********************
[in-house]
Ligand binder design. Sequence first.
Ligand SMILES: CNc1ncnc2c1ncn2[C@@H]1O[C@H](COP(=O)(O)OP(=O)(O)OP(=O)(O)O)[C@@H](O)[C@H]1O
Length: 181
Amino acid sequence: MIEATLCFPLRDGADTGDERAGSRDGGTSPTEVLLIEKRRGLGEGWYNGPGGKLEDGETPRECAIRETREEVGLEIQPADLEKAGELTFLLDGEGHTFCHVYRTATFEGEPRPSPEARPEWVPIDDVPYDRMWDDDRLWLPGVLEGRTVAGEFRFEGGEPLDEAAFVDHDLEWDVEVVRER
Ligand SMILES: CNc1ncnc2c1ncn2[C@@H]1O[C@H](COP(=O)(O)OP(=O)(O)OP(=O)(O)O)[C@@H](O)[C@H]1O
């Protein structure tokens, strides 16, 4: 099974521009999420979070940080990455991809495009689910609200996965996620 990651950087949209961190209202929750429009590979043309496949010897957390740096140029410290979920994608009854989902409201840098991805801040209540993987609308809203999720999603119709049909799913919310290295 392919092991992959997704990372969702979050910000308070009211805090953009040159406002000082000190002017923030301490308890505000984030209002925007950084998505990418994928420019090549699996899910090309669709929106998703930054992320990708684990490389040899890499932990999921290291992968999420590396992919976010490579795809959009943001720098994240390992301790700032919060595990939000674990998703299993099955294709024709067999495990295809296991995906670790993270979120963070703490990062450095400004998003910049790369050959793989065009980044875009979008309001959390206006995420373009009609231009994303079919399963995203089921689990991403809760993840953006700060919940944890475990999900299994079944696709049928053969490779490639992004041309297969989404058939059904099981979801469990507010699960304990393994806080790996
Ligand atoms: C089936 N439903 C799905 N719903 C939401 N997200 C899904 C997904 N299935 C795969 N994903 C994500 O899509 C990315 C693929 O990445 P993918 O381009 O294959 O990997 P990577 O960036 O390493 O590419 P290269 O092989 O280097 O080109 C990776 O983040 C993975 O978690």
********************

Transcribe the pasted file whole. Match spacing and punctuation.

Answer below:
[in-house]
Ligand binder design. Sequence first.
Ligand SMILES: CNc1ncnc2c1ncn2[C@@H]1O[C@H](COP(=O)(O)OP(=O)(O)OP(=O)(O)O)[C@@H](O)[C@H]1O
Length: 181
Amino acid sequence: MIEATLCFPLRDGADTGDERAGSRDGGTSPTEVLLIEKRRGLGEGWYNGPGGKLEDGETPRECAIRETREEVGLEIQPADLEKAGELTFLLDGEGHTFCHVYRTATFEGEPRPSPEARPEWVPIDDVPYDRMWDDDRLWLPGVLEGRTVAGEFRFEGGEPLDEAAFVDHDLEWDVEVVRER
Ligand SMILES: CNc1ncnc2c1ncn2[C@@H]1O[C@H](COP(=O)(O)OP(=O)(O)OP(=O)(O)O)[C@@H](O)[C@H]1O
């Protein structure tokens, strides 16, 4: 099974521009999420979070940080990455991809495009689910609200996965996620 990651950087949209961190209202929750429009590979043309496949010897957390740096140029410290979920994608009854989902409201840098991805801040209540993987609308809203999720999603119709049909799913919310290295 392919092991992959997704990372969702979050910000308070009211805090953009040159406002000082000190002017923030301490308890505000984030209002925007950084998505990418994928420019090549699996899910090309669709929106998703930054992320990708684990490389040899890499932990999921290291992968999420590396992919976010490579795809959009943001720098994240390992301790700032919060595990939000674990998703299993099955294709024709067999495990295809296991995906670790993270979120963070703490990062450095400004998003910049790369050959793989065009980044875009979008309001959390206006995420373009009609231009994303079919399963995203089921689990991403809760993840953006700060919940944890475990999900299994079944696709049928053969490779490639992004041309297969989404058939059904099981979801469990507010699960304990393994806080790996
Ligand atoms: C089936 N439903 C799905 N719903 C939401 N997200 C899904 C997904 N299935 C795969 N994903 C994500 O899509 C990315 C693929 O990445 P993918 O381009 O294959 O990997 P990577 O960036 O390493 O590419 P290269 O092989 O280097 O080109 C990776 O983040 C993975 O978690």